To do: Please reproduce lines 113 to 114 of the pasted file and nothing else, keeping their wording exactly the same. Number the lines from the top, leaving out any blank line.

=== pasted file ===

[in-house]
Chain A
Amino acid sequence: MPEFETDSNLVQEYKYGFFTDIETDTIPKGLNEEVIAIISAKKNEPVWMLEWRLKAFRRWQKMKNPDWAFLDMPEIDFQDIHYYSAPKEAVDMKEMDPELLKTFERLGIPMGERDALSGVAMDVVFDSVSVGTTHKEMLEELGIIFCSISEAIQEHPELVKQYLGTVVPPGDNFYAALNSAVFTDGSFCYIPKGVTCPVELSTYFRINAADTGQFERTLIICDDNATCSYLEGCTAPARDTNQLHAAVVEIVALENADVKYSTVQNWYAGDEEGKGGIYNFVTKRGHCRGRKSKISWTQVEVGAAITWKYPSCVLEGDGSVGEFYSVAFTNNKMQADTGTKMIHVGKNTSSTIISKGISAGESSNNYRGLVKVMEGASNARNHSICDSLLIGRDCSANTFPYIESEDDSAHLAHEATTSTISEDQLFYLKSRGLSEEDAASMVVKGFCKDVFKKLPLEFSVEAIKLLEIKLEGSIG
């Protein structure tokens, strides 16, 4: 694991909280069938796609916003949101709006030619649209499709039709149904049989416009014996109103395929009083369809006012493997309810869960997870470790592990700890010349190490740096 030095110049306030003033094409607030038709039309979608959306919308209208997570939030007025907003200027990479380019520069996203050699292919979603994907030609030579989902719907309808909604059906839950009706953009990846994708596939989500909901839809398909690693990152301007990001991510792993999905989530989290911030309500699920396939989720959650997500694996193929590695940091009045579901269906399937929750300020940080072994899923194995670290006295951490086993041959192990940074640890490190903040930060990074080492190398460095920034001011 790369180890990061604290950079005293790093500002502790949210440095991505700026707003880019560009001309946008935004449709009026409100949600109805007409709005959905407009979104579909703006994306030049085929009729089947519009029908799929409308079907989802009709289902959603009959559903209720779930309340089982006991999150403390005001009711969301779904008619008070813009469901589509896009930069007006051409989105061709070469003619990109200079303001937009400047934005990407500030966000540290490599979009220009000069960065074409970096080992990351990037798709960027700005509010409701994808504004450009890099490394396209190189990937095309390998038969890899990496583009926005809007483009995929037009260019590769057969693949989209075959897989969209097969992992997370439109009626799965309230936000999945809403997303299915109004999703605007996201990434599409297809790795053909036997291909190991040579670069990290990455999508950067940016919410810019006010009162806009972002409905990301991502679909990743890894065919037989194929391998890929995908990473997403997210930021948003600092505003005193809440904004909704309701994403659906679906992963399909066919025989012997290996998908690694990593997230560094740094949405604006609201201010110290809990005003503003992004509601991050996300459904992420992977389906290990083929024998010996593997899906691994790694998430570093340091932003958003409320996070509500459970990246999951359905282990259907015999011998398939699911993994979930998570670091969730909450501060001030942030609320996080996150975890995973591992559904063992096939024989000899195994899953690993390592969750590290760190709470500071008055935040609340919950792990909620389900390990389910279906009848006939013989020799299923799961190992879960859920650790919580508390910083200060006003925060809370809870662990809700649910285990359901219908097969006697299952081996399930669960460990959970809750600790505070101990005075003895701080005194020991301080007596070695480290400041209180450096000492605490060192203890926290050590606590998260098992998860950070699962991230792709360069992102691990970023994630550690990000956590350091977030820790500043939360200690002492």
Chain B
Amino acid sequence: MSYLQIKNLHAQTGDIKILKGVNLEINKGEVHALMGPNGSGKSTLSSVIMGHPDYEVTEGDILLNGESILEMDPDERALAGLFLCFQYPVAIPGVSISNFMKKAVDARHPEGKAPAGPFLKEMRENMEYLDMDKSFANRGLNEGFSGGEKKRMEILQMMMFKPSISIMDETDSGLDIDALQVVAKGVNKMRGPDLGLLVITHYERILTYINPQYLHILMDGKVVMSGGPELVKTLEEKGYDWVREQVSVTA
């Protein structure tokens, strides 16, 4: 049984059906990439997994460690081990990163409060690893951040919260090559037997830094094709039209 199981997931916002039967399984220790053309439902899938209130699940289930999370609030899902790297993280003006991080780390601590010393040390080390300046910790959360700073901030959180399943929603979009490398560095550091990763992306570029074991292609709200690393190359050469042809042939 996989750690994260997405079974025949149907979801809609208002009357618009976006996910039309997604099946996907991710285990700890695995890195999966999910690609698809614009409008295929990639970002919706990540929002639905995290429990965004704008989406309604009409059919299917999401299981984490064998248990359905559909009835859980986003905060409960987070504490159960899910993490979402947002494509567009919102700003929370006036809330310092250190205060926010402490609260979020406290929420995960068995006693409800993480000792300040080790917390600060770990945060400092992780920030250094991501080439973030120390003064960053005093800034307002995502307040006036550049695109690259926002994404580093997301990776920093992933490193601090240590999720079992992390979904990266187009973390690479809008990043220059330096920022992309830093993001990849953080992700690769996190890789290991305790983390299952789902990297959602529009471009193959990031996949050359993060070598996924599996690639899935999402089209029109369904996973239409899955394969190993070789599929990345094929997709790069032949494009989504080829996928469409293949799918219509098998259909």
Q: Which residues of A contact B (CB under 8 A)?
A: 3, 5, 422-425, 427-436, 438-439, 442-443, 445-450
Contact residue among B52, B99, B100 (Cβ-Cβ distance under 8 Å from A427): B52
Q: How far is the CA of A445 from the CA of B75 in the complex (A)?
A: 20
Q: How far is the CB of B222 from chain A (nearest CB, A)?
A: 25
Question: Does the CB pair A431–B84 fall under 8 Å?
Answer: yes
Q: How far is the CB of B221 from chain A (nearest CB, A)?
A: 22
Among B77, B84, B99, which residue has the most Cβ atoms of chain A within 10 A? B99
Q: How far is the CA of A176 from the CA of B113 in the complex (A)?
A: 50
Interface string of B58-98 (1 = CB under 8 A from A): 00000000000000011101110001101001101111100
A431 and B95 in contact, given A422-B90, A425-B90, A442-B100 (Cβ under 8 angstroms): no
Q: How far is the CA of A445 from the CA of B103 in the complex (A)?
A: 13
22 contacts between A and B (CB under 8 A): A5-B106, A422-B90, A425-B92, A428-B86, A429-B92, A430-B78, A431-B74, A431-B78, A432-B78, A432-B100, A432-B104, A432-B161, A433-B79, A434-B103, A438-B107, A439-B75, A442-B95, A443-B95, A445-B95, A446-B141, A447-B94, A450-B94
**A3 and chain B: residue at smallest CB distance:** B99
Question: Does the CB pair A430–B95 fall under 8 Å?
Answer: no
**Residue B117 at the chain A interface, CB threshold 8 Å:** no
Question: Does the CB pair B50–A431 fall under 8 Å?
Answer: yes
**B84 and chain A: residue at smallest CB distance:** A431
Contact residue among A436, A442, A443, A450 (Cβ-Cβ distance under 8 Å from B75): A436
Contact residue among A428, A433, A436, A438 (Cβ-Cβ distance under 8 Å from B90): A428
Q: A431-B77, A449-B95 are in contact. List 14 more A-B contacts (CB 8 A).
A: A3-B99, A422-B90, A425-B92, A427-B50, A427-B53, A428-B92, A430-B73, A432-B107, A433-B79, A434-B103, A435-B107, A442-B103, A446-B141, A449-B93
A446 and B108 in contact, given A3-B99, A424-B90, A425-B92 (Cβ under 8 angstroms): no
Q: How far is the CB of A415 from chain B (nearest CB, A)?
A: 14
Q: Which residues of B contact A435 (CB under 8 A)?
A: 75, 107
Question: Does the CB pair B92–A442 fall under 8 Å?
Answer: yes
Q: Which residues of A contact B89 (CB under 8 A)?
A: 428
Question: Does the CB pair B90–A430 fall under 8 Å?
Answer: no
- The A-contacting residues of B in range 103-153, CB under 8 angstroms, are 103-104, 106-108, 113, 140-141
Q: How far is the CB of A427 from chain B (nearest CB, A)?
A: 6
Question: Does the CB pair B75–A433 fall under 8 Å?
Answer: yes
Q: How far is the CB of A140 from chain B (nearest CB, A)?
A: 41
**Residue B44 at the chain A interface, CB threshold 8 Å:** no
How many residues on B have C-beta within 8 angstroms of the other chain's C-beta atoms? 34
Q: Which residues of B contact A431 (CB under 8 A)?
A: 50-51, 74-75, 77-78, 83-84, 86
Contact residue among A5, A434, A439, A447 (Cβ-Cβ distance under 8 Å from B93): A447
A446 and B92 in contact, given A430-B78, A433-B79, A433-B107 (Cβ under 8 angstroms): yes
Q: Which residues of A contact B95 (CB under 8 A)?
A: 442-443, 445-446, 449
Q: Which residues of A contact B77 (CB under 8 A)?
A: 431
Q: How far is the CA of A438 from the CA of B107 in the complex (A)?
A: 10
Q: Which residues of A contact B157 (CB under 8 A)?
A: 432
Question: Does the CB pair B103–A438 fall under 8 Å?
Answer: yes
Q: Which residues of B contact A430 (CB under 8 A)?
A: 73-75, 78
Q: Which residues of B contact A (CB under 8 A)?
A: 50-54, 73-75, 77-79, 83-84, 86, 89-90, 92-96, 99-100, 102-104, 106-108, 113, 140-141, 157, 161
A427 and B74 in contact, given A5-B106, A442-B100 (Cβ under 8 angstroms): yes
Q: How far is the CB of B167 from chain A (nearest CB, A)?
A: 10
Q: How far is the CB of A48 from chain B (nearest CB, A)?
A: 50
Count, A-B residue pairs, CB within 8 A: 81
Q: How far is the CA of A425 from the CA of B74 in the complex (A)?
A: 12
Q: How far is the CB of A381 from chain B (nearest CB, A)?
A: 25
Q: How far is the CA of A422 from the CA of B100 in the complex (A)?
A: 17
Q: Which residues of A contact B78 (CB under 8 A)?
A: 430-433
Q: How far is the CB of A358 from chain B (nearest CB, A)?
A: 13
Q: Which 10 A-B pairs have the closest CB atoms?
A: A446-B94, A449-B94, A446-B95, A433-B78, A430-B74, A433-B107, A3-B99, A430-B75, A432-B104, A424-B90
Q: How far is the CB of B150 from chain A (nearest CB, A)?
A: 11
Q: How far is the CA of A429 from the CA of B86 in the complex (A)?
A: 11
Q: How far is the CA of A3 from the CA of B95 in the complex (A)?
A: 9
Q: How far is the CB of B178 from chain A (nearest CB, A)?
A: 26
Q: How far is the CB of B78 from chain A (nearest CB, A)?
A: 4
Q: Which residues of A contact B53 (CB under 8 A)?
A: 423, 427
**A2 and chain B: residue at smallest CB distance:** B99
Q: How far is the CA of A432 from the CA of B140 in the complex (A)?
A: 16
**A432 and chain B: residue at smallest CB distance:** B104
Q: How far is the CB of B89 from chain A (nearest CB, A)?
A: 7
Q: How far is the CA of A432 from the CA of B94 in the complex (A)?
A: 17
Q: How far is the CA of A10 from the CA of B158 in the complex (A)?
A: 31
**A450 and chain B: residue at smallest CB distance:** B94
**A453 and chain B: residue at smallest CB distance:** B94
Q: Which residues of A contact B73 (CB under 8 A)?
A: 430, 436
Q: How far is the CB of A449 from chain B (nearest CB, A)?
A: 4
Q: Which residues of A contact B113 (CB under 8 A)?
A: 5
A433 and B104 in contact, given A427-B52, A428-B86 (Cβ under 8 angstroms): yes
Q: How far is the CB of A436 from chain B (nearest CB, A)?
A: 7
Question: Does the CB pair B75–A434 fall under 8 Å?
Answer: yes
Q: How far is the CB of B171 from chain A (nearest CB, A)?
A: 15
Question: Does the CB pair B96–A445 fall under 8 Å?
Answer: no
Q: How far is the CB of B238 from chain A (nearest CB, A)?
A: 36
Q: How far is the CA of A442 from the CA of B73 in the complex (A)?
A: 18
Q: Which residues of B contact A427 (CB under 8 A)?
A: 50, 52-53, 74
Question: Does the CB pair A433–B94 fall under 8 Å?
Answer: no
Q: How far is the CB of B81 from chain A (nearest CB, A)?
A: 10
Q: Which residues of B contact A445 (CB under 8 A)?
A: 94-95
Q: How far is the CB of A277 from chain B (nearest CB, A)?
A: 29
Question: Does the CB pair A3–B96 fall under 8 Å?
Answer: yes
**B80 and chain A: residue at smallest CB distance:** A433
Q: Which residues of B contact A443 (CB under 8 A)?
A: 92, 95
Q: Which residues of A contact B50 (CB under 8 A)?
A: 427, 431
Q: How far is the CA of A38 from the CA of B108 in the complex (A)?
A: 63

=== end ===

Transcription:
A: 17
Q: How far is the CA of A10 from the CA of B158 in the complex (A)?